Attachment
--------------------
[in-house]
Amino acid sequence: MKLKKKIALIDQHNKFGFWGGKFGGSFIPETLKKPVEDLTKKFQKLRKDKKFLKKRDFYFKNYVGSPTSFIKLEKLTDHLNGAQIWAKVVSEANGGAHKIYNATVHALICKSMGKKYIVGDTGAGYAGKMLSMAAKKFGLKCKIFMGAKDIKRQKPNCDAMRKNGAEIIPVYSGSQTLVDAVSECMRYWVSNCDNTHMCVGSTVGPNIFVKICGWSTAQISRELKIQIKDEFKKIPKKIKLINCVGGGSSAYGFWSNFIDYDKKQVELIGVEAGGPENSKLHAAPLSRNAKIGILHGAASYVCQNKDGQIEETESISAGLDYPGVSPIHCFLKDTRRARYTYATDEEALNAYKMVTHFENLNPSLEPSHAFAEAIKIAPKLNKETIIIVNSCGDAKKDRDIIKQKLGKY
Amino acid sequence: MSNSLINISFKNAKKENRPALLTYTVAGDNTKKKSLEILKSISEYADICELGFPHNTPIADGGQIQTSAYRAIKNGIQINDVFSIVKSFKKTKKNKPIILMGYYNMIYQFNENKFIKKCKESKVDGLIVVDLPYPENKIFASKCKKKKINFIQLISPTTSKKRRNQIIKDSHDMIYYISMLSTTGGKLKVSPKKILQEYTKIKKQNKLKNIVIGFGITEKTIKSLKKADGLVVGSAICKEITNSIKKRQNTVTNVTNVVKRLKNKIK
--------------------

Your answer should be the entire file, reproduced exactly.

[in-house]
Amino acid sequence: MKLKKKIALIDQHNKFGFWGGKFGGSFIPETLKKPVEDLTKKFQKLRKDKKFLKKRDFYFKNYVGSPTSFIKLEKLTDHLNGAQIWAKVVSEANGGAHKIYNATVHALICKSMGKKYIVGDTGAGYAGKMLSMAAKKFGLKCKIFMGAKDIKRQKPNCDAMRKNGAEIIPVYSGSQTLVDAVSECMRYWVSNCDNTHMCVGSTVGPNIFVKICGWSTAQISRELKIQIKDEFKKIPKKIKLINCVGGGSSAYGFWSNFIDYDKKQVELIGVEAGGPENSKLHAAPLSRNAKIGILHGAASYVCQNKDGQIEETESISAGLDYPGVSPIHCFLKDTRRARYTYATDEEALNAYKMVTHFENLNPSLEPSHAFAEAIKIAPKLNKETIIIVNSCGDAKKDRDIIKQKLGKY
Amino acid sequence: MSNSLINISFKNAKKENRPALLTYTVAGDNTKKKSLEILKSISEYADICELGFPHNTPIADGGQIQTSAYRAIKNGIQINDVFSIVKSFKKTKKNKPIILMGYYNMIYQFNENKFIKKCKESKVDGLIVVDLPYPENKIFASKCKKKKINFIQLISPTTSKKRRNQIIKDSHDMIYYISMLSTTGGKLKVSPKKILQEYTKIKKQNKLKNIVIGFGITEKTIKSLKKADGLVVGSAICKEITNSIKKRQNTVTNVTNVVKRLKNKIK